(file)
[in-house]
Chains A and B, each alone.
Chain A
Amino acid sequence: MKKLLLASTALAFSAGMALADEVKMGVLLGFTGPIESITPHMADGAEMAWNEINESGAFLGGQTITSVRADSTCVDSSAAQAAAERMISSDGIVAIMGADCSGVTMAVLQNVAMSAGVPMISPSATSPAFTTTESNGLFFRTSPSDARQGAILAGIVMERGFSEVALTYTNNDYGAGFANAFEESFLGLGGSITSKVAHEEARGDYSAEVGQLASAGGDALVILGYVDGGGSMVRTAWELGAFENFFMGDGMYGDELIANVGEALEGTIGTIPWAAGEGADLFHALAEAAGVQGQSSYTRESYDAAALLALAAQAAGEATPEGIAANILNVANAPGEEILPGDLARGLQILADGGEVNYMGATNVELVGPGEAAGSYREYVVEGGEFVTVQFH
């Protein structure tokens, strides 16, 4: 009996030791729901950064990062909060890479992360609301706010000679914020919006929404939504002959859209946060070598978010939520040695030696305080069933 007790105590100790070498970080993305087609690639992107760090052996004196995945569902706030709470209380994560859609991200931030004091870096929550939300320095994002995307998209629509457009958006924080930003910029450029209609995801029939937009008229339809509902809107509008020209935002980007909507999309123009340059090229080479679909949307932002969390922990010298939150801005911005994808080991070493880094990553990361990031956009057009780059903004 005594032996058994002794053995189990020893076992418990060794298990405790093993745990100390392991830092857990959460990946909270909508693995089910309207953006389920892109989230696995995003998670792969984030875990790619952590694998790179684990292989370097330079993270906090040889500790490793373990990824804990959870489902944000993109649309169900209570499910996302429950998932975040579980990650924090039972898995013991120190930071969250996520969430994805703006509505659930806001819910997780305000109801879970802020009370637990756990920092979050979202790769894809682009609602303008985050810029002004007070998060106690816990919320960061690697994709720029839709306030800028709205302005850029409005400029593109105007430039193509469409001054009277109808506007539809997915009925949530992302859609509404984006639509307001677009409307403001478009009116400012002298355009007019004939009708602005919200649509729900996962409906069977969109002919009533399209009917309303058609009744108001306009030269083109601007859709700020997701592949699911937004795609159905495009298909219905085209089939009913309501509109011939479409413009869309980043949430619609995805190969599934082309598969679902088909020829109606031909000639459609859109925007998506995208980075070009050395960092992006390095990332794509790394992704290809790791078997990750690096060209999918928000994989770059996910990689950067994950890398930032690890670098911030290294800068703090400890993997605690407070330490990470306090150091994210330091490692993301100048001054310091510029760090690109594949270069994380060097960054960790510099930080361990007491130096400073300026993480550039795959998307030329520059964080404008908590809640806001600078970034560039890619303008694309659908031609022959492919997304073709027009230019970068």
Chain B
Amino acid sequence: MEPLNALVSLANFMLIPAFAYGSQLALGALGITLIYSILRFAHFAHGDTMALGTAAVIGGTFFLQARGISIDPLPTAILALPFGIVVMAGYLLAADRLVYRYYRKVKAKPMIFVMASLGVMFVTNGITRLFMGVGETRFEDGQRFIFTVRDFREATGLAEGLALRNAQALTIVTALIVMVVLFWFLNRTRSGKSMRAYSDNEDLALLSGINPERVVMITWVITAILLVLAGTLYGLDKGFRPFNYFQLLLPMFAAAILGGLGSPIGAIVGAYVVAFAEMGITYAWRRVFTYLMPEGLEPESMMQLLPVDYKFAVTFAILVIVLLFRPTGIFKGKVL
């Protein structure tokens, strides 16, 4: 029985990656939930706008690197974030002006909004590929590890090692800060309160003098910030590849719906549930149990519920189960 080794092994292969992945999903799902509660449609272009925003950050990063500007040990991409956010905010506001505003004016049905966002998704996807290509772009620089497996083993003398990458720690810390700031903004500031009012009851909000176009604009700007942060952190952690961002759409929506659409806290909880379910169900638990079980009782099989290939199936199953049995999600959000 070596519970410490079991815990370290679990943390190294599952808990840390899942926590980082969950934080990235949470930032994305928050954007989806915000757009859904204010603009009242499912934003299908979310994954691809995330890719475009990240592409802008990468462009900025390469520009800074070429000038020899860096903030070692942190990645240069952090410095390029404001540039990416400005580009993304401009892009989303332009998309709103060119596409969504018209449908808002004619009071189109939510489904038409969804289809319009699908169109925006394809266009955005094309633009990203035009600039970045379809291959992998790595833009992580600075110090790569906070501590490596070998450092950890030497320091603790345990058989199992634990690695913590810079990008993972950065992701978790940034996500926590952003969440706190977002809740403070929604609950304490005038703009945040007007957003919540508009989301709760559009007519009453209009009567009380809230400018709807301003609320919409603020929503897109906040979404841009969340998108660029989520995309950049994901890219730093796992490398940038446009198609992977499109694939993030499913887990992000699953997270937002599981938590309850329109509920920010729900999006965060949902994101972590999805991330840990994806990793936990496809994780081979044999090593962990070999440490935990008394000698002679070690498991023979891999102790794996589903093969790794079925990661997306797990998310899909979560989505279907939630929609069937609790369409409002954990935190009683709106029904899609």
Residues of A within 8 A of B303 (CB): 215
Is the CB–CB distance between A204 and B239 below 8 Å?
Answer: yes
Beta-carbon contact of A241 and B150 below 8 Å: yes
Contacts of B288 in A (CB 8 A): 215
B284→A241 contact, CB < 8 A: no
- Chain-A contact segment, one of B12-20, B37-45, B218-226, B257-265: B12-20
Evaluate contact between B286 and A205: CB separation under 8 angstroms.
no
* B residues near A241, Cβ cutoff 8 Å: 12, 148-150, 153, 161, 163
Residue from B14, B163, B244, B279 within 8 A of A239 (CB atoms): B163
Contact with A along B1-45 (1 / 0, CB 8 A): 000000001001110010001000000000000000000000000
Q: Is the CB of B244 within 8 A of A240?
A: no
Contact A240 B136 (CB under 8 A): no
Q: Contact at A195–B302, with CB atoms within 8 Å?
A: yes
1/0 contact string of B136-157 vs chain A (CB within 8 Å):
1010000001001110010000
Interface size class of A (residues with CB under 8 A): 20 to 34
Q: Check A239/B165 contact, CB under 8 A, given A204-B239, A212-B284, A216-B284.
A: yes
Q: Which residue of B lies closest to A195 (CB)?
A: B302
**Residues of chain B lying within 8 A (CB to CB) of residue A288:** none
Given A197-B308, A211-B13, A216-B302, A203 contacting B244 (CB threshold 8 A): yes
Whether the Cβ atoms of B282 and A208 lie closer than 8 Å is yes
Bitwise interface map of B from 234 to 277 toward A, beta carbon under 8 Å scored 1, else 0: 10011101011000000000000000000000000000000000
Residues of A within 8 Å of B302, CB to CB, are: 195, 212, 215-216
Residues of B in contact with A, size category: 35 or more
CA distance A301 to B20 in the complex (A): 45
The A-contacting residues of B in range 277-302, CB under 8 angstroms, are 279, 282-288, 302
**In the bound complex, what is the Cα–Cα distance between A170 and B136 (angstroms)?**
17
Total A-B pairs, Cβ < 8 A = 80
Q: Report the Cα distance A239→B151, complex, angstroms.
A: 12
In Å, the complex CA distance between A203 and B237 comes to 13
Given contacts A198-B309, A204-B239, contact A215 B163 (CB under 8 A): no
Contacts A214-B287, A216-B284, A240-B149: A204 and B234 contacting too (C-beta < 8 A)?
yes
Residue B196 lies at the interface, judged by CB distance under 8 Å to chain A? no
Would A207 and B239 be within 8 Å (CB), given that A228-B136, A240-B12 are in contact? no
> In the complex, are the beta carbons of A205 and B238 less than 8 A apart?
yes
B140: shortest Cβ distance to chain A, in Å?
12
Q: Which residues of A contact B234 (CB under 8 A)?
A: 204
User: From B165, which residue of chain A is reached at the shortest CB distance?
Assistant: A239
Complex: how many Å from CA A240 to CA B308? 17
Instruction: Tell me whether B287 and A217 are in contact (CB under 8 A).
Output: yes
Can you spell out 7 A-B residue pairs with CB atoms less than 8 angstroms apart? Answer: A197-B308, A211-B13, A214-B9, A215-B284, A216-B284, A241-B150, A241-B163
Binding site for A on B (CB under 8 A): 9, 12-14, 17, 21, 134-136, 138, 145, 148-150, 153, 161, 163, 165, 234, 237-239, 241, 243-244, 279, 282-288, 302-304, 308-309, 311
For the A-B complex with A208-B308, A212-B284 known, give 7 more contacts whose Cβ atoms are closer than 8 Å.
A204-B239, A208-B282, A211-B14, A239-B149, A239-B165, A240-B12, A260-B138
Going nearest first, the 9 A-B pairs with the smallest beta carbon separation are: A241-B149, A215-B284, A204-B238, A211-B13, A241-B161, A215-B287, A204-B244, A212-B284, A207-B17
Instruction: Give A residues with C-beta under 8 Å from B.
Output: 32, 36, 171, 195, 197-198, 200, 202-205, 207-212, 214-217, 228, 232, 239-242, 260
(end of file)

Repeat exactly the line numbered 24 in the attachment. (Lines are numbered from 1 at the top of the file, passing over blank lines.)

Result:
Q: Contact at A195–B302, with CB atoms within 8 Å?